Poets, DJs, plawrights collaborate

April 13 and 14, 8 p.m.
PCC Sylvania 12000 S.W. 49th
$13 for PICA members, $16 non-members
Available at 219 N.W. 12th, Jackpot Records, Clinton St. Video, and POVA, or by calling (503) 242-1419.

Sometimes, when the daily constructs of this life get to be too much and weigh me down so that I’ve got the blues, I wonder if God is a shining disco ball, we (music and dance lovers) are the hopeless followers, and that spirituality has been reformatted to fit the into the spitfire grooves of a turntable. This is my hope: That I can turn from all this chaos at any moment and make sense of life again through the formulaic entity of music.

This is a) highly unlikely to happen to me at this point, and b) not the ’70s anymore. But could salvation happen for those pushed overboard by societal constructs? This is the question Jane Comfort poses, in her off-Broadway show “Asphalt.”

“Asphalt” is a dance/opera that speaks of the trials of life and how one artist and aspiring DJ tries to escape them through the samples of hard beats and ambient loops. This is an extremely complex work of art, melding opera, spoken-word poetry, visual art and the sounds of trip hop, made possible by the work of Carl Hancock Rux, Toshi Reagon and DJ Spooky.

Rux, an incendiary poet and dramatist, is known for pulling together poetry, music, dance and theater to create experimental works of art that transcend the borders of each of those genres. He was called by the New York Times Magazine, “One of the Thirty Artists Under the Age of Thirty Most Likely to Influence Culture Over the Next Thirty Years.”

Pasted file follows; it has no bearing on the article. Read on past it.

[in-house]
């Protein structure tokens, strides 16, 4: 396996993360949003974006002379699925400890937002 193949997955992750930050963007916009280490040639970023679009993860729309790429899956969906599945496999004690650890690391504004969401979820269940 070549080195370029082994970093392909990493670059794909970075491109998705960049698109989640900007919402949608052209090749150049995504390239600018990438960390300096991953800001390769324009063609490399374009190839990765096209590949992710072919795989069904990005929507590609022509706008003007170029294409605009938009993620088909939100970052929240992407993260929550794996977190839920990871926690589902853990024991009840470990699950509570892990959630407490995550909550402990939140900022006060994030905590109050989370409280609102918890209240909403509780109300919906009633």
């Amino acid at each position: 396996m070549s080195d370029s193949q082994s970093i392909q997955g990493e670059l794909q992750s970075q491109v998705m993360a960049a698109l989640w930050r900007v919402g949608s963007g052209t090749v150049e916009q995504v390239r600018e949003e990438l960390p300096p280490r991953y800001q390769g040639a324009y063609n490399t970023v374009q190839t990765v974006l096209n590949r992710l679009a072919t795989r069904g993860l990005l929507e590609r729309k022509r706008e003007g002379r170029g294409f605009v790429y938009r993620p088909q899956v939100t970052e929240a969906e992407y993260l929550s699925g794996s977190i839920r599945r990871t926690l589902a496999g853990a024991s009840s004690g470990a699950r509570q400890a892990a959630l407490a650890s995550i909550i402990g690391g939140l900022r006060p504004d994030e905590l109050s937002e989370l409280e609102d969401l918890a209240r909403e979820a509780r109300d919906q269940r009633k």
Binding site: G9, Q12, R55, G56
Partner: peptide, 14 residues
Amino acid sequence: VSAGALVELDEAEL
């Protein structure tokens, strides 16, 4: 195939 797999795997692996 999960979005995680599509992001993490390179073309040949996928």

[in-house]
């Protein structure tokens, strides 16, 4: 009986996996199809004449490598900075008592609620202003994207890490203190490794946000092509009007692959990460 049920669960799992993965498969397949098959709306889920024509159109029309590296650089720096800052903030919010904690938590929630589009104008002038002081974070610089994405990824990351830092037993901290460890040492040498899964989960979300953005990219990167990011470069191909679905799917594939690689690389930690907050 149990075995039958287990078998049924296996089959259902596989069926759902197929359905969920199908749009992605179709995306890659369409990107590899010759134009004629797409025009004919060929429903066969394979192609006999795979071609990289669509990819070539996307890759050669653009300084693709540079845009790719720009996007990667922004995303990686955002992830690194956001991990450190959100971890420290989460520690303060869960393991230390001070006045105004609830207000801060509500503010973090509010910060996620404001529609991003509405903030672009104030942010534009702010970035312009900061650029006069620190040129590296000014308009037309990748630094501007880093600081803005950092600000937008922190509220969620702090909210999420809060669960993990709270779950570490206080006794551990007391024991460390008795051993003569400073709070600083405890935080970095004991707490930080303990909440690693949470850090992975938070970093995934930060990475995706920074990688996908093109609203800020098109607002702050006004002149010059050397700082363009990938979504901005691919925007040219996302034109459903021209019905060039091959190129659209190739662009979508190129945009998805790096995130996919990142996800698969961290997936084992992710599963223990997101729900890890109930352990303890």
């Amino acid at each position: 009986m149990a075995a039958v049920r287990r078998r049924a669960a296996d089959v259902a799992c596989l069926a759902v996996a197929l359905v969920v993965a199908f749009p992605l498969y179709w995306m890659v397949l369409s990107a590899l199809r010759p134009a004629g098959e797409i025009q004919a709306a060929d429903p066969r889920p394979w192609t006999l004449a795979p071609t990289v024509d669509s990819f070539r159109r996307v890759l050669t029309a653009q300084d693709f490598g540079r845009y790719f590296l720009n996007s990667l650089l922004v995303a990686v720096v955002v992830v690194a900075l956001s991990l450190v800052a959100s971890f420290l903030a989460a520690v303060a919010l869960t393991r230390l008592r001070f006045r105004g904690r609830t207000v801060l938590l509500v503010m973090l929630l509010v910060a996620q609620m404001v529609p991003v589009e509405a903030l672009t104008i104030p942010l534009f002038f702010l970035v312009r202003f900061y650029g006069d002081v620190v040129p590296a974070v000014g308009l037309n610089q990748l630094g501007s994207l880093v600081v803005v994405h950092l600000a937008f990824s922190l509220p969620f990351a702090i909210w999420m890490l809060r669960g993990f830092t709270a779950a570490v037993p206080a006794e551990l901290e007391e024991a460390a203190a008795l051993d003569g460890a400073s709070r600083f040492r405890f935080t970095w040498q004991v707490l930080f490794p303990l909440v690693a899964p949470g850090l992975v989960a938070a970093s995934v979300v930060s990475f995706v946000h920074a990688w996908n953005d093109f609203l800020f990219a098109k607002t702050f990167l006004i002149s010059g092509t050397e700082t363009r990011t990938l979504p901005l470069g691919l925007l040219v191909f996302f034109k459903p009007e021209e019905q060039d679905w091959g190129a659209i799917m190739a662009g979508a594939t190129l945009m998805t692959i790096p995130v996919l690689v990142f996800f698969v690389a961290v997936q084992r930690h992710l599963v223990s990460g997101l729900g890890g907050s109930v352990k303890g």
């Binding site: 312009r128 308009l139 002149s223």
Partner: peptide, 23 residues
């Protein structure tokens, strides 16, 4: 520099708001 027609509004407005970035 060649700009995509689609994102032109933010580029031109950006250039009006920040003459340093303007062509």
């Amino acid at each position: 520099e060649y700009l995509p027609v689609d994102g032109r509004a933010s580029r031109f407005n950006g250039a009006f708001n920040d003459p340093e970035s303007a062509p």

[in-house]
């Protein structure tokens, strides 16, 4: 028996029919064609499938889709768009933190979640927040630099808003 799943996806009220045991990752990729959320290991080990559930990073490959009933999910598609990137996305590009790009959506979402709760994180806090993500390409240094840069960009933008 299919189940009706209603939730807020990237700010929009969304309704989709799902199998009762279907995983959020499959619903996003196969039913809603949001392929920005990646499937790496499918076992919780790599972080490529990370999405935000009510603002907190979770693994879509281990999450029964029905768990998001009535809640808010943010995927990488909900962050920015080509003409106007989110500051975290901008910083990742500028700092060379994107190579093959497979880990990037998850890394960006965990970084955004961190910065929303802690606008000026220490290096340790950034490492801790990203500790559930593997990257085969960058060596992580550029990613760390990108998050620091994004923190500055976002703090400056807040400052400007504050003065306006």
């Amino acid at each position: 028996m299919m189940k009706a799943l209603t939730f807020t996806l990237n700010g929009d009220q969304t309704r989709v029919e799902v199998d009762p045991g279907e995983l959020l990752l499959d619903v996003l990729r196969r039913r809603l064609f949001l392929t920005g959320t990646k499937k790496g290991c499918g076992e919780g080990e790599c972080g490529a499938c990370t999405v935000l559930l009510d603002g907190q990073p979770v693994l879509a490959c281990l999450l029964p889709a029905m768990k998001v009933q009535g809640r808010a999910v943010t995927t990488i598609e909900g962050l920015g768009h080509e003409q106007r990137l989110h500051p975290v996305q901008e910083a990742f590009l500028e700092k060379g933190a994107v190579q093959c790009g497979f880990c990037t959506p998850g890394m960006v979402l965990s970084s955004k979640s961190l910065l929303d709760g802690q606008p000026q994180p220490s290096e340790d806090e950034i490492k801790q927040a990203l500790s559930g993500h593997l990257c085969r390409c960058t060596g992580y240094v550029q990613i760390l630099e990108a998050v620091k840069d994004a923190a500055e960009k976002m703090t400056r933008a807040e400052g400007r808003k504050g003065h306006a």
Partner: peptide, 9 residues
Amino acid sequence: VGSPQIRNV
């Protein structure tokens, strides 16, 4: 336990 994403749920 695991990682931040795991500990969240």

Toshi Reagon, who has worked with Comfort before is an acclaimed folk rock artist, who has toured with her band, Big Lovely, across the United States. She is the daughter of Bernice Johnson Reagon, founder of the a cappella group Sweet Honey in the Rock.

DJ Spooky, someone the college scene is much more likely to know, has provided the rhythms for all this experimentation to take place in.

Jane Comfort and Co., whose Broadway shows have been hailed by the Village Voice and Backstage, who has received grants from the NEA, and toured across Europe, brings us a story, through movement and music of a young artist, abandoned as a child, who is a squatter, kicked out of his music-filled ghetto and forced to seek alternative ways of defining his life. Through music and the scenes of the New York City, he is ravished by the collage of art in street life.

The producers of this play wanted so much for the audience to have a sense of the boundless ways of music, they decided to stage a rave scene as the audience was walking in, giving the audience the confusion of whether they were at art or in it.

The focus character, Racine, gets so caught up in this same confusion and in the art that he is lulled by the ambient beats and begins to have visions of his family, and of a path that he might be able to take. The journey he takes is not unlike that of a Greek hero. In fact some of the words Rux put to the score are sung by a chorus, just like in Greek plays.

This is a fine opportunity to see some of New York’s most refreshing artists. Coming on Friday, April 13 and Saturday, April 14 to PCC Sylvania, and brought to you by the Portland Institute for Contemporary Art, you do not want to miss this show. Go and see if you can even begin to feel the possibilities that art holds for you, if you’re willing to go outside of common boundaries to find it.